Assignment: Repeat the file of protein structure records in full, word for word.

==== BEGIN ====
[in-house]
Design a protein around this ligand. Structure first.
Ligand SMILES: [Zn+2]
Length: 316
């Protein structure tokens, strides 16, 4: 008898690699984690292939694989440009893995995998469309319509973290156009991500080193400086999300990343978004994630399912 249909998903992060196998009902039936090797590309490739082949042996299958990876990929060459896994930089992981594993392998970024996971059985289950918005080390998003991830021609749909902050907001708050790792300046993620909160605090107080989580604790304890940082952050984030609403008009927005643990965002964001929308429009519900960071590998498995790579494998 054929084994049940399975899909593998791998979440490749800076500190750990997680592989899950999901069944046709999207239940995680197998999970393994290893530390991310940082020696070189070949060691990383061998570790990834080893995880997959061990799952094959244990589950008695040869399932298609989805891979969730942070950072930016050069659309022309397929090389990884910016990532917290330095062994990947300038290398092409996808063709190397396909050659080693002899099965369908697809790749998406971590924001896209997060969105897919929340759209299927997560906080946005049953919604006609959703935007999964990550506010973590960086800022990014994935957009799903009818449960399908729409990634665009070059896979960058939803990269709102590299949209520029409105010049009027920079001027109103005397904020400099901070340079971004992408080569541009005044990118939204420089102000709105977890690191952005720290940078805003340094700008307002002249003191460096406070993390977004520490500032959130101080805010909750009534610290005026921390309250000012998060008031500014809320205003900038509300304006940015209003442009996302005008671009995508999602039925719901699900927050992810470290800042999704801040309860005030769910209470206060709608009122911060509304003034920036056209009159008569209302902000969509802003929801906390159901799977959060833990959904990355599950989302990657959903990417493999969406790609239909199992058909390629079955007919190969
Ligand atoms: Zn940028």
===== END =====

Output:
[in-house]
Design a protein around this ligand. Structure first.
Ligand SMILES: [Zn+2]
Length: 316
């Protein structure tokens, strides 16, 4: 008898690699984690292939694989440009893995995998469309319509973290156009991500080193400086999300990343978004994630399912 249909998903992060196998009902039936090797590309490739082949042996299958990876990929060459896994930089992981594993392998970024996971059985289950918005080390998003991830021609749909902050907001708050790792300046993620909160605090107080989580604790304890940082952050984030609403008009927005643990965002964001929308429009519900960071590998498995790579494998 054929084994049940399975899909593998791998979440490749800076500190750990997680592989899950999901069944046709999207239940995680197998999970393994290893530390991310940082020696070189070949060691990383061998570790990834080893995880997959061990799952094959244990589950008695040869399932298609989805891979969730942070950072930016050069659309022309397929090389990884910016990532917290330095062994990947300038290398092409996808063709190397396909050659080693002899099965369908697809790749998406971590924001896209997060969105897919929340759209299927997560906080946005049953919604006609959703935007999964990550506010973590960086800022990014994935957009799903009818449960399908729409990634665009070059896979960058939803990269709102590299949209520029409105010049009027920079001027109103005397904020400099901070340079971004992408080569541009005044990118939204420089102000709105977890690191952005720290940078805003340094700008307002002249003191460096406070993390977004520490500032959130101080805010909750009534610290005026921390309250000012998060008031500014809320205003900038509300304006940015209003442009996302005008671009995508999602039925719901699900927050992810470290800042999704801040309860005030769910209470206060709608009122911060509304003034920036056209009159008569209302902000969509802003929801906390159901799977959060833990959904990355599950989302990657959903990417493999969406790609239909199992058909390629079955007919190969
Ligand atoms: Zn940028």